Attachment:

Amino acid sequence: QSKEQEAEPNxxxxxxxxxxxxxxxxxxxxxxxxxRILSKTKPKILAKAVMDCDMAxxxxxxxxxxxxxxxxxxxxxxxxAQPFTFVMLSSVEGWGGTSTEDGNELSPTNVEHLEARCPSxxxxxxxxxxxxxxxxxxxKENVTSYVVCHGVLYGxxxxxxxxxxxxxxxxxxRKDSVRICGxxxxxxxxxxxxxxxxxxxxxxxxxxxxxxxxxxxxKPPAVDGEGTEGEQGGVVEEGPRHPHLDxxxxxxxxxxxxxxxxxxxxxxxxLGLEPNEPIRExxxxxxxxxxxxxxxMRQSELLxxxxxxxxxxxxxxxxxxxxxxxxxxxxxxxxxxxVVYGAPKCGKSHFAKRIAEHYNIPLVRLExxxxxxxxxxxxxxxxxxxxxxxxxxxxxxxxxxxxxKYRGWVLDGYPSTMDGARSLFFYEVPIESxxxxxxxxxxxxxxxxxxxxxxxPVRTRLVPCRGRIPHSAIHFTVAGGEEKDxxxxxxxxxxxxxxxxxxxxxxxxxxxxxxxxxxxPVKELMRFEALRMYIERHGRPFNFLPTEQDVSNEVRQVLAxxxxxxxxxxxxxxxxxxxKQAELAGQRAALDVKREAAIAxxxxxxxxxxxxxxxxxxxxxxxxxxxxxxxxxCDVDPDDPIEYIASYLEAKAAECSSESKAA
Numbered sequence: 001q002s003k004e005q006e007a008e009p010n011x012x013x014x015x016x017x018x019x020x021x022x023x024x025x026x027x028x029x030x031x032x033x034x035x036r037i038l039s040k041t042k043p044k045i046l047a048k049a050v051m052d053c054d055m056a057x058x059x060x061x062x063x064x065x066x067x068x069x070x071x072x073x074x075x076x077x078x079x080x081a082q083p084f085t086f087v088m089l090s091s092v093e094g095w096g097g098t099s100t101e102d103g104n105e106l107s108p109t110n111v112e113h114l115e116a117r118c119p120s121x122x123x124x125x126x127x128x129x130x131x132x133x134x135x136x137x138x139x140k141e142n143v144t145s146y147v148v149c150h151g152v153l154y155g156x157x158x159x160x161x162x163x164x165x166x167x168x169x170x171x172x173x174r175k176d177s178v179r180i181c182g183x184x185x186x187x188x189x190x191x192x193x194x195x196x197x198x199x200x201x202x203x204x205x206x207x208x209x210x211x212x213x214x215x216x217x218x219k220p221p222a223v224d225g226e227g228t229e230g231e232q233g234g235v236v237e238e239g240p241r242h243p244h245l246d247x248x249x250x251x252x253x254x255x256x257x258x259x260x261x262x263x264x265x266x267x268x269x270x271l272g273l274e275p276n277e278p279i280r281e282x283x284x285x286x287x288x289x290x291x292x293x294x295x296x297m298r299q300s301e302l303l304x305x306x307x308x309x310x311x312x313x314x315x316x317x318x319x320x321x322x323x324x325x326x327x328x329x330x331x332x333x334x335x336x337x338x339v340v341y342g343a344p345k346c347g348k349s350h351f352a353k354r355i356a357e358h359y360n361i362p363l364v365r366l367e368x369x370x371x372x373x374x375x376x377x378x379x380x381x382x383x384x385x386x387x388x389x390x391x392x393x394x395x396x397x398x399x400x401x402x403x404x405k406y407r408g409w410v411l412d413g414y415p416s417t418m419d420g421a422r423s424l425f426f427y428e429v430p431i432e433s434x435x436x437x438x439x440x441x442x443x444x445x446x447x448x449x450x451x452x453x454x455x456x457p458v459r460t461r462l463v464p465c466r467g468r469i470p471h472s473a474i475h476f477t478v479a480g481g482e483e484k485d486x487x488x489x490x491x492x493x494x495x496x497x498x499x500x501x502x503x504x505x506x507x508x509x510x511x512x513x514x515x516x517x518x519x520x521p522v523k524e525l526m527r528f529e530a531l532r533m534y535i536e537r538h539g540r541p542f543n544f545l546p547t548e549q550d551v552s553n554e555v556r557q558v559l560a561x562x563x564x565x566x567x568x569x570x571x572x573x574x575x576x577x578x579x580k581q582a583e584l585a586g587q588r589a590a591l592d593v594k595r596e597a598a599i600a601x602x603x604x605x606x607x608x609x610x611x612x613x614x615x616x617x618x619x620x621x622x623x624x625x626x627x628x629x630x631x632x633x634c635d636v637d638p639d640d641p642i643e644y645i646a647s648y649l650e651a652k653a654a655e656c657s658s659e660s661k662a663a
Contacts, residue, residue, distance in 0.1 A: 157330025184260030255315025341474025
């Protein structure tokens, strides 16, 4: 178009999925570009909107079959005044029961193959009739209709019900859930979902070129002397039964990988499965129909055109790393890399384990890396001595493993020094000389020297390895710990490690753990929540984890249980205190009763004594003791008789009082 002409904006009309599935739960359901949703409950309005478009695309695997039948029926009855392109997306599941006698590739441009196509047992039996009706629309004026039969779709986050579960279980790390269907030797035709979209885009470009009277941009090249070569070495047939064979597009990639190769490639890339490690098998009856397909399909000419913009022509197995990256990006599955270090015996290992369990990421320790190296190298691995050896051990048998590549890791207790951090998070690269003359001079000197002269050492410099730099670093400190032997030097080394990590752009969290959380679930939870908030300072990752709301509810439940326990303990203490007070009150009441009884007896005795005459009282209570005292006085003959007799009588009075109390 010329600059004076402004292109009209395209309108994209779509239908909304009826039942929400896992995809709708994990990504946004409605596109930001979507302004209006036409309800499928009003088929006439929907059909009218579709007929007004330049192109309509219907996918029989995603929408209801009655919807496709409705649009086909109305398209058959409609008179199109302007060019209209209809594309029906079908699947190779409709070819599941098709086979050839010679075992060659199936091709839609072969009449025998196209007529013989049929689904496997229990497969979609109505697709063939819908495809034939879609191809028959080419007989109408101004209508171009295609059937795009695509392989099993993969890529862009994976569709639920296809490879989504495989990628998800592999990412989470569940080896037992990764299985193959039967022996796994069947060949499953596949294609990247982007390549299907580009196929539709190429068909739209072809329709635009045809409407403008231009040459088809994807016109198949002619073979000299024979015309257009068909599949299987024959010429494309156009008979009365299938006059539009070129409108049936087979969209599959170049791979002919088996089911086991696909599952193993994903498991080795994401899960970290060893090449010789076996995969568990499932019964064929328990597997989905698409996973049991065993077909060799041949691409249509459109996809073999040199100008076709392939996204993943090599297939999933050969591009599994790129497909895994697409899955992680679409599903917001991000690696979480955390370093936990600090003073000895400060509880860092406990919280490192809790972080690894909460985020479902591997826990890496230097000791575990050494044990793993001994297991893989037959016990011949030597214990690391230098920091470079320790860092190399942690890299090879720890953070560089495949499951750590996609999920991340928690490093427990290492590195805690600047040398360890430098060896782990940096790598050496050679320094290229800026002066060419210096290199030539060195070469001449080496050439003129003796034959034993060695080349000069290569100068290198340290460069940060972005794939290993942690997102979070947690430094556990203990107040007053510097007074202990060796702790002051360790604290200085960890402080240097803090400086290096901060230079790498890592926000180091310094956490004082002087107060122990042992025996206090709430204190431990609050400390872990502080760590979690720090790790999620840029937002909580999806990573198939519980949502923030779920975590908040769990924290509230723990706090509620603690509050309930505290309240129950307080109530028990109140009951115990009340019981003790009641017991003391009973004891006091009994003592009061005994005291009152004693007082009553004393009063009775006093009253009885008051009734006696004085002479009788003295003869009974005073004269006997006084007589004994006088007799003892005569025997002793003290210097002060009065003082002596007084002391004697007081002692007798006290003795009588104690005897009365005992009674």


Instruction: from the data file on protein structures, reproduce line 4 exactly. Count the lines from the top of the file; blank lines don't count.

């Protein structure tokens, strides 16, 4: 178009999925570009909107079959005044029961193959009739209709019900859930979902070129002397039964990988499965129909055109790393890399384990890396001595493993020094000389020297390895710990490690753990929540984890249980205190009763004594003791008789009082 002409904006009309599935739960359901949703409950309005478009695309695997039948029926009855392109997306599941006698590739441009196509047992039996009706629309004026039969779709986050579960279980790390269907030797035709979209885009470009009277941009090249070569070495047939064979597009990639190769490639890339490690098998009856397909399909000419913009022509197995990256990006599955270090015996290992369990990421320790190296190298691995050896051990048998590549890791207790951090998070690269003359001079000197002269050492410099730099670093400190032997030097080394990590752009969290959380679930939870908030300072990752709301509810439940326990303990203490007070009150009441009884007896005795005459009282209570005292006085003959007799009588009075109390 010329600059004076402004292109009209395209309108994209779509239908909304009826039942929400896992995809709708994990990504946004409605596109930001979507302004209006036409309800499928009003088929006439929907059909009218579709007929007004330049192109309509219907996918029989995603929408209801009655919807496709409705649009086909109305398209058959409609008179199109302007060019209209209809594309029906079908699947190779409709070819599941098709086979050839010679075992060659199936091709839609072969009449025998196209007529013989049929689904496997229990497969979609109505697709063939819908495809034939879609191809028959080419007989109408101004209508171009295609059937795009695509392989099993993969890529862009994976569709639920296809490879989504495989990628998800592999990412989470569940080896037992990764299985193959039967022996796994069947060949499953596949294609990247982007390549299907580009196929539709190429068909739209072809329709635009045809409407403008231009040459088809994807016109198949002619073979000299024979015309257009068909599949299987024959010429494309156009008979009365299938006059539009070129409108049936087979969209599959170049791979002919088996089911086991696909599952193993994903498991080795994401899960970290060893090449010789076996995969568990499932019964064929328990597997989905698409996973049991065993077909060799041949691409249509459109996809073999040199100008076709392939996204993943090599297939999933050969591009599994790129497909895994697409899955992680679409599903917001991000690696979480955390370093936990600090003073000895400060509880860092406990919280490192809790972080690894909460985020479902591997826990890496230097000791575990050494044990793993001994297991893989037959016990011949030597214990690391230098920091470079320790860092190399942690890299090879720890953070560089495949499951750590996609999920991340928690490093427990290492590195805690600047040398360890430098060896782990940096790598050496050679320094290229800026002066060419210096290199030539060195070469001449080496050439003129003796034959034993060695080349000069290569100068290198340290460069940060972005794939290993942690997102979070947690430094556990203990107040007053510097007074202990060796702790002051360790604290200085960890402080240097803090400086290096901060230079790498890592926000180091310094956490004082002087107060122990042992025996206090709430204190431990609050400390872990502080760590979690720090790790999620840029937002909580999806990573198939519980949502923030779920975590908040769990924290509230723990706090509620603690509050309930505290309240129950307080109530028990109140009951115990009340019981003790009641017991003391009973004891006091009994003592009061005994005291009152004693007082009553004393009063009775006093009253009885008051009734006696004085002479009788003295003869009974005073004269006997006084007589004994006088007799003892005569025997002793003290210097002060009065003082002596007084002391004697007081002692007798006290003795009588104690005897009365005992009674």